I’ve got a guest post over at NTEN.org about my “best pratice” for making sure websites I build serve the needs of my client’s organizations.
“RFP” is one of my least favorite acronyms. The next time you need to find a website consultant, I hope you won’t use one!
What a plane crash can teach us about describing and diagnosing problems on websites.
A short story about training and learning new tasks.
I missed the first Rate and Review a WordPress Plugin day so I played catch-up this morning and rated three. Here’s what I think makes a good review.
When doing a big tech project, your organization needs a project manager.
A great article about the four principles required for good communication on a project.
Websites are expensive. Nonprofit budgets are tight. So why not get a volunteer to build your website? It’s not easy, and frequently, volunteer-built websites never see the light of day. Here are a few reasons why.
A short quote about passion and teaching.
Too often, I find that a client and I can have a 30 minutes conversation before realizing we’re not talking about the same thing. Other times, something “obvious” to one person is incomprehensible to the other. Why does this happen?
What’s the role of non-experts in the field of accessibility? It’s certainly not standing in a metaphorical corner and yelling at everyone! But that’s maybe been the habit of some, and it’s time to move beyond that to a happier, easier-to-use web.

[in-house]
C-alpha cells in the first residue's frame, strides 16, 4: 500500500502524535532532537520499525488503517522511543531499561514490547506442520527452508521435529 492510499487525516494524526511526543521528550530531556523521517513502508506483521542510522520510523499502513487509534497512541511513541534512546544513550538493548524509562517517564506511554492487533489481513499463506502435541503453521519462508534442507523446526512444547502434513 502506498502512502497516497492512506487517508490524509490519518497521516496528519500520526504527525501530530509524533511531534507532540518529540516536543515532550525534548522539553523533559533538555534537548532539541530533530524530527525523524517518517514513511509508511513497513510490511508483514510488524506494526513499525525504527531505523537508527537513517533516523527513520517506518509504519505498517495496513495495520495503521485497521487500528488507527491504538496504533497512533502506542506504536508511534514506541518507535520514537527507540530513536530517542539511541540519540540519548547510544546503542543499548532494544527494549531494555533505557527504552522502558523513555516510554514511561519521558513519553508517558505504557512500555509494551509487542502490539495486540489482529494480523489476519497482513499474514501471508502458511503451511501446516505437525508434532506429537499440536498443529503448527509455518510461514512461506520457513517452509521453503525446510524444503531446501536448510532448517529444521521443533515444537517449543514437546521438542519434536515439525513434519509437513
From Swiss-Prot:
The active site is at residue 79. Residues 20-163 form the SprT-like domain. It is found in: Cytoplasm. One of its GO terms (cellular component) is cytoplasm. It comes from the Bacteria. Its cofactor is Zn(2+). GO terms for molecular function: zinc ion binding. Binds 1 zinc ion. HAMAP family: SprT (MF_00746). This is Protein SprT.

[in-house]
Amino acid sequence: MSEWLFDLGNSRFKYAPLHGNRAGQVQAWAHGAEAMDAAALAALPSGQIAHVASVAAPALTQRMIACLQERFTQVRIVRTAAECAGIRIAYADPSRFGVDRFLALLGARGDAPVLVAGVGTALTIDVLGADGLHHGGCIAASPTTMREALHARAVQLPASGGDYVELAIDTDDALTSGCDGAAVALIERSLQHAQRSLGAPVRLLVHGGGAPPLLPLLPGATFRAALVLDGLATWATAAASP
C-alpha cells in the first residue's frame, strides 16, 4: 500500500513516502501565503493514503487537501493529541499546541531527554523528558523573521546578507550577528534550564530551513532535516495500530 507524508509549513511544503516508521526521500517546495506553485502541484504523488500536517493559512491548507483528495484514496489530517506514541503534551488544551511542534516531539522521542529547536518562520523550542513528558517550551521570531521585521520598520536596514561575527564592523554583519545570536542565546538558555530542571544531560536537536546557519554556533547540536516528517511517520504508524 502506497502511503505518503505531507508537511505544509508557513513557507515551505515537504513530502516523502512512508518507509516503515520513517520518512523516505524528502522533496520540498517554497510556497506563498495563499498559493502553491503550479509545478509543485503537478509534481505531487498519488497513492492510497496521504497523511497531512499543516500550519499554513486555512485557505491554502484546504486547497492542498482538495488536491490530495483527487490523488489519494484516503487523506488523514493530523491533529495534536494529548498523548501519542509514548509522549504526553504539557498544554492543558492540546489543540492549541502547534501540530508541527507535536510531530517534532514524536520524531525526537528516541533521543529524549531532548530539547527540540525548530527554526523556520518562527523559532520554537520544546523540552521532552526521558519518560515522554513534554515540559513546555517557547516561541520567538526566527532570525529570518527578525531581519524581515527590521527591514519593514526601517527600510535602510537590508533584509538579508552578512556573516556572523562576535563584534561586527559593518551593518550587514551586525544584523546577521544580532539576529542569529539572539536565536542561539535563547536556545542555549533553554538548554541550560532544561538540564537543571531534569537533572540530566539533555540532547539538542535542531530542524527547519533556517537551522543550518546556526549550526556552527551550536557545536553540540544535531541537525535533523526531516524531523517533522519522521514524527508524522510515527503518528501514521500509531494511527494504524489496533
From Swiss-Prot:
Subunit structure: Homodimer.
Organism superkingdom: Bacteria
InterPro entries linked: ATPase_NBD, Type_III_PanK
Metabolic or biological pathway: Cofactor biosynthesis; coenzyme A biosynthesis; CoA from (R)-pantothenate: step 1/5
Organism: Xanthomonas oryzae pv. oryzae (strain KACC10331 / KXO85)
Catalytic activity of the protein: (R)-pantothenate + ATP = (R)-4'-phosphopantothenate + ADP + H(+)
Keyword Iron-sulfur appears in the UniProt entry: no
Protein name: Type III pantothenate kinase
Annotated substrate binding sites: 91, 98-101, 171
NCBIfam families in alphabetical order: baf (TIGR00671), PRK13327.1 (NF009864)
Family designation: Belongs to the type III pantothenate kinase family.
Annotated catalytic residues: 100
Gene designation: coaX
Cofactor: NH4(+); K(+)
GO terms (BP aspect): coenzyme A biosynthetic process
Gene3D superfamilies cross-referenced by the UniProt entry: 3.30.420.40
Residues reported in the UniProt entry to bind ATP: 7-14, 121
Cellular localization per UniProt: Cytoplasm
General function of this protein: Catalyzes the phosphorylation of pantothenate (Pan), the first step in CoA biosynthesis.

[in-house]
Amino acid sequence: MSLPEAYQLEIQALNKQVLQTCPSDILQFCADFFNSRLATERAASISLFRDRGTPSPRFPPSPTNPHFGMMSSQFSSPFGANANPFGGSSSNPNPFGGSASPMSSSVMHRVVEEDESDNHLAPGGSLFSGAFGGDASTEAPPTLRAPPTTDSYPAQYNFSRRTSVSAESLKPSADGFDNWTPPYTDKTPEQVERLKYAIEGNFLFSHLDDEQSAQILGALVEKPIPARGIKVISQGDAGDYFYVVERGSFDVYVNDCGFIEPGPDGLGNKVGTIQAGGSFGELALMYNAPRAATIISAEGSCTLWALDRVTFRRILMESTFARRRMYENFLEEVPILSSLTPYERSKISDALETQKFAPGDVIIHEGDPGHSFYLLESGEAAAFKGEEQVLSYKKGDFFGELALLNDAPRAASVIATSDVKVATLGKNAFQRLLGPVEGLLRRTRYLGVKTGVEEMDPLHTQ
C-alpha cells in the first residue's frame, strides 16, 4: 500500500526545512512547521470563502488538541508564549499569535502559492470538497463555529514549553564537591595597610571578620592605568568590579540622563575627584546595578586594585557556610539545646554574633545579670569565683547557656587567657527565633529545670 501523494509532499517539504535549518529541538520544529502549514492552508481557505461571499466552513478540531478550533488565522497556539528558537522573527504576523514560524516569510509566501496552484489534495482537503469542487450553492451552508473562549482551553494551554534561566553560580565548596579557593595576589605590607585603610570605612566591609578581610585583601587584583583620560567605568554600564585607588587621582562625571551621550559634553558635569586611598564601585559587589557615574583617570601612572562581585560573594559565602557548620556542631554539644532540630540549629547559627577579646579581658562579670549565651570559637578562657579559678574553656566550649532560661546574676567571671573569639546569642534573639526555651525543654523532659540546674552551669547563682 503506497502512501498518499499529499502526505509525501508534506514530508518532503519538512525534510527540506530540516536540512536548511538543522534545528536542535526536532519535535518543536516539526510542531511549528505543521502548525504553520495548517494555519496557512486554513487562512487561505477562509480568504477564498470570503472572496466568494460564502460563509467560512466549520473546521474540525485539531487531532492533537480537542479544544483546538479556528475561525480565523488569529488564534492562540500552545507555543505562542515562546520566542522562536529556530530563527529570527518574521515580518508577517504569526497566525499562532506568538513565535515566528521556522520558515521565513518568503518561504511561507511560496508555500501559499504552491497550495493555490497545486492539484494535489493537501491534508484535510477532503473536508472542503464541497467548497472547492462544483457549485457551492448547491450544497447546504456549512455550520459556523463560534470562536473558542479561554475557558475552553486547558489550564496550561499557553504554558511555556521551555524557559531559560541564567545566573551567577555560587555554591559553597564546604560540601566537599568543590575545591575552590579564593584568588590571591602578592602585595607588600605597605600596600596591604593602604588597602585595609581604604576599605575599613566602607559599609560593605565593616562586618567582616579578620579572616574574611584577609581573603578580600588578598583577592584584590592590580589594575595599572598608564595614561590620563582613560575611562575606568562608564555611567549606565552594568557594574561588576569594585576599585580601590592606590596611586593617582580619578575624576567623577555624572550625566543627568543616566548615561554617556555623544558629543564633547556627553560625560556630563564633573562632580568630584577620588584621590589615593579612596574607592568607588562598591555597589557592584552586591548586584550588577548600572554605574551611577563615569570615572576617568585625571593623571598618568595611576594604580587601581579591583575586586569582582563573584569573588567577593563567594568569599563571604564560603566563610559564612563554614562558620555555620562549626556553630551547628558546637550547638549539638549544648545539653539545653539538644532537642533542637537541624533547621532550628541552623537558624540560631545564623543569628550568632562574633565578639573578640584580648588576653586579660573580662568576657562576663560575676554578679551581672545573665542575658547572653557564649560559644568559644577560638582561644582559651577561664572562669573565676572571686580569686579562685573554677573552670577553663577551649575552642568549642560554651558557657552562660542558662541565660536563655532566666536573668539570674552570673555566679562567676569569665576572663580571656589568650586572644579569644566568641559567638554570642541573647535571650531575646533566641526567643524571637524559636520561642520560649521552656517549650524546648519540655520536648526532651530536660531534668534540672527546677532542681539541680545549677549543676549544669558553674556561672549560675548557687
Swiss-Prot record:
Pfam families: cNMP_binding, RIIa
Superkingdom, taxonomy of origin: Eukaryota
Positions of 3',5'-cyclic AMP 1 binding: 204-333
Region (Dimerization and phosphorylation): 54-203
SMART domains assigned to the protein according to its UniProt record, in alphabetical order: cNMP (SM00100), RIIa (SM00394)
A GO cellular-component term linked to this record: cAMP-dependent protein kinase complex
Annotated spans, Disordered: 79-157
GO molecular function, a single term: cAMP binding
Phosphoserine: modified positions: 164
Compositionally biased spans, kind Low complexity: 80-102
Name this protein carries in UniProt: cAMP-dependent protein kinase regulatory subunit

“Phase Zero.” I pretty much guessed what this phrase meant before I even read the linked article. But that doesn’t make it less interesting and, most important to me, it gives me a phrase to communicate a concept that I deal with at the start of every new project.
Frank Partnoy’s book, Wait, has me thinking about project management. It discusses how—across many disciplines—experts are careful in collecting enough information to make good decisions before quickly relying on past experience to succeed at whatever their goal may be. So this suggests that projects start slow and then end fast.
The article “Universal Design IRL” pushed me to broach the topics of diversity, inclusion, and accessibility with the Seattle WordPress meetup. It’s the starting point for what I hope will be some fruitful discussions that improves the meetup over the long haul.
Two great articles, both about different types of communication.
What does a town with too many highways have to do with working with a client to build a website? Find out and learn how to follow the path of identifying needs to find solutions addressed by the perfect product.